Hurricane Michael continued its barrage northeast through the Florida panhandle and into the southeastern portion of Alabama Wednesday afternoon, where the Category 3 storm was expected to rage in an arc across central Georgia and into the Carolinas.
At 4 p.m., the storm was about 70 miles southwest of Albany, Ga., and moving north-northeast at 16 miles per hour.
“On the forecast track, the core of Michael will move across southeastern Alabama and southwestern Georgia through this evening. Michael will then move northeastward across the southeastern United States through Thursday, and then move off the Mid-Atlantic coast away from the United States on late Thursday night and Friday,” the National Hurricane Center said.
Maximum sustained winds were still a blistering 125 mph, and hurricane-force winds extended about 40 miles from the core of the storm.
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Georgia Gov. Nathan Deal has declared a state of emergency for 108 of the state’s 159 counties, including Muscogee, Chattahoochee, Talbot, Marion, Stewart, Sumter, Taylor, Schley, Quitman and Webster south and east of Columbus. Harris and Troup counties north of Columbus are not part of the state of emergency. Alabama Gov. Kay Ivey also declared a statewide emergency in her state.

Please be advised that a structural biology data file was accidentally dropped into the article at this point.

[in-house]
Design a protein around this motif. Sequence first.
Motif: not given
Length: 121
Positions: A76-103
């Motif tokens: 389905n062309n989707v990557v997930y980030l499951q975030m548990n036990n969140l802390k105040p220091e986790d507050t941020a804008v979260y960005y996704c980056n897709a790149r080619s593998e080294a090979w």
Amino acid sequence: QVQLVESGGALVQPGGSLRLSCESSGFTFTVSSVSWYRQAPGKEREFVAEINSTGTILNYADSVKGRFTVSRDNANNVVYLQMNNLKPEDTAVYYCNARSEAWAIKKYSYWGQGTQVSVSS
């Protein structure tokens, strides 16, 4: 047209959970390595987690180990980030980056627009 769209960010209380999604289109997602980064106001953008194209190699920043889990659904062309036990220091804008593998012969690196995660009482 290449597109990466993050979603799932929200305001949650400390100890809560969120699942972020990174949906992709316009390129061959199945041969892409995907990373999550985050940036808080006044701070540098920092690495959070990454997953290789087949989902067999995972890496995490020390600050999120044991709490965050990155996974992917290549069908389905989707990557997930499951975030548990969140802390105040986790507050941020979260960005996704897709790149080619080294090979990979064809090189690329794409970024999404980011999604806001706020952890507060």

When will Hurricane Michael strike Georgia - and where?
The storm’s most damaging winds will begin hitting the state before 8 p.m. Wednesday and continue through much of the night, according to the National Hurricane Center.
The center of the storm crossed the extreme southwestern Georgia border early Wednesday evening. It will move in a northeastern arc past Albany, Warner Robins, and Augusta.
“Life threatening” storm surges, tornadoes and winds are expected to lash the state throughout the night as the hurricane drifts northeast, according to the National Hurricane Center.
With the storm moving at about 16 mph Wednesday afternoon, the center of the storm may hit Columbus at approximately 11 p.m. before moving briskly across the state overnight and into Thursday morning.
By Thursday at 1 p.m., the storm will be hovering between the borders of South and North Carolina, unless the direction or speed of the hurricane changes significantly.
The effects in the area could be severe. Several tornadoes spawned in central Georgia hours before the worst of the storm was expected to hit the area. Residents were advised to shelter in place.
“With a stronger landfall, weakening will now only take this down to a Category 1 hurricane as it approaches the forecast area. As it tracks across Central Georgia, hurricane force winds may transition to mainly gusts but effects will remain the same with hundreds if not thousands of trees and powerlines downed,” the National Weather Service wrote.